Title: "Campbell's Soup - Hot Dog Bean Soup"
Medium: Printed by Museum of Art, Carnegie Institute Pittsburgh in limited edition of 3000, Numbered by hand with pencil, signed in plate
Image Size: 50 x 40 cm
Art Condition: Excellent
Framed and ready to hang!
Andy Warhol (1927 - 1987)
It was during the 1960s that Warhol began to make paintings of famous American products such as "Campbell's Soup Cans" from the Campbell Soup Company and Coca-Cola, as well as paintings of celebrities like Marilyn Monroe, Troy Donahue, and Elizabeth Taylor. He founded "The Factory", his studio during these years and gathered around himself a wide range of artists, writers, musicians, and underground celebrities. He switched to silkscreen prints which he produced serially, seeking not only to make art of mass-produced items but to mass produce the art itself.
By minimizing the role of his own hand in the production of his work and declaring that he wanted to be "a machine", Warhol sparked a revolution in art. His work quickly became very controversial and popular. Warhol's work from this period revolves around American Pop (Popular) culture, like Roy Lichtenstein. He painted dollar bills, celebrities, brand name products and images from newspaper clippings - many of the latter were iconic images from headline stories of the decade (e.g. photographs of mushroom clouds, and police dogs attacking civil rights protesters).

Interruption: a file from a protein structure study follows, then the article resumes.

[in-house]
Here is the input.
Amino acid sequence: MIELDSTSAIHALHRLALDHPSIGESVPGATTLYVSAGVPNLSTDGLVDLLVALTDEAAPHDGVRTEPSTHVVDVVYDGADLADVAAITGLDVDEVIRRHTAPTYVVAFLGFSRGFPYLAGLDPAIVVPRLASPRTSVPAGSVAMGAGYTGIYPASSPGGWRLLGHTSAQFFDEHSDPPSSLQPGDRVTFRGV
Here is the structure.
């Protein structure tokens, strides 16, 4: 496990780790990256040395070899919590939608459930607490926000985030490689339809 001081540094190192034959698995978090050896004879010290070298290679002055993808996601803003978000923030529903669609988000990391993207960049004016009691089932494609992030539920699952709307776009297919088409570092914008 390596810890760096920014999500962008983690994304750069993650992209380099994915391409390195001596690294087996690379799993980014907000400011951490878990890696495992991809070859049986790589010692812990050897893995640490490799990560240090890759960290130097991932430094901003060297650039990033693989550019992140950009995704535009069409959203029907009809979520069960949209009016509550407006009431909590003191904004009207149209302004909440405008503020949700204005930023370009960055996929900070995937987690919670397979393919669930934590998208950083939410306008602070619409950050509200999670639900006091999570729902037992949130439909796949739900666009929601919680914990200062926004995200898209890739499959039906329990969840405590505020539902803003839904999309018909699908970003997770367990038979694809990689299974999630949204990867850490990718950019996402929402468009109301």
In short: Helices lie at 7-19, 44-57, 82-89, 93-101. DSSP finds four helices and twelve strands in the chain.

His subjects were instantly recognizable and often had a mass appeal This aspect interested him most, and it unifies his paintings from this period. Take, for example Warhol's comments on the appeal of Coke
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